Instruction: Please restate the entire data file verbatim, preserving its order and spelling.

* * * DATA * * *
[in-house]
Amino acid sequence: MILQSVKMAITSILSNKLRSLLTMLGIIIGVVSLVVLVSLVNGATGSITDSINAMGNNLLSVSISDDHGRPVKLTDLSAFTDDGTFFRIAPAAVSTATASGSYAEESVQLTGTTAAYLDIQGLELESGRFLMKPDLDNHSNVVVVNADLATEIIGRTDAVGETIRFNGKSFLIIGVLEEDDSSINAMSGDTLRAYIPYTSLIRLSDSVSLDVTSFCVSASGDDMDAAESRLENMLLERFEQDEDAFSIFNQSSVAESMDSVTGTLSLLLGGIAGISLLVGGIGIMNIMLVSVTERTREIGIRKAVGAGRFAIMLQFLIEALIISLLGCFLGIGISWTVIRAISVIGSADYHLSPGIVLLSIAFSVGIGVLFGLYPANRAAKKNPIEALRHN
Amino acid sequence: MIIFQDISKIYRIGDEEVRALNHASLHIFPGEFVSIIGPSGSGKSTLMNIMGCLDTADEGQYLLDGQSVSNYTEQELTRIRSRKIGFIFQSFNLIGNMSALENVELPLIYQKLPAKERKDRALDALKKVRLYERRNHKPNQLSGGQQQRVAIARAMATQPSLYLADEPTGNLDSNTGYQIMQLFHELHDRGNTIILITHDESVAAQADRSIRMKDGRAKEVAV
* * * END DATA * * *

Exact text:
[in-house]
Amino acid sequence: MILQSVKMAITSILSNKLRSLLTMLGIIIGVVSLVVLVSLVNGATGSITDSINAMGNNLLSVSISDDHGRPVKLTDLSAFTDDGTFFRIAPAAVSTATASGSYAEESVQLTGTTAAYLDIQGLELESGRFLMKPDLDNHSNVVVVNADLATEIIGRTDAVGETIRFNGKSFLIIGVLEEDDSSINAMSGDTLRAYIPYTSLIRLSDSVSLDVTSFCVSASGDDMDAAESRLENMLLERFEQDEDAFSIFNQSSVAESMDSVTGTLSLLLGGIAGISLLVGGIGIMNIMLVSVTERTREIGIRKAVGAGRFAIMLQFLIEALIISLLGCFLGIGISWTVIRAISVIGSADYHLSPGIVLLSIAFSVGIGVLFGLYPANRAAKKNPIEALRHN
Amino acid sequence: MIIFQDISKIYRIGDEEVRALNHASLHIFPGEFVSIIGPSGSGKSTLMNIMGCLDTADEGQYLLDGQSVSNYTEQELTRIRSRKIGFIFQSFNLIGNMSALENVELPLIYQKLPAKERKDRALDALKKVRLYERRNHKPNQLSGGQQQRVAIARAMATQPSLYLADEPTGNLDSNTGYQIMQLFHELHDRGNTIILITHDESVAAQADRSIRMKDGRAKEVAV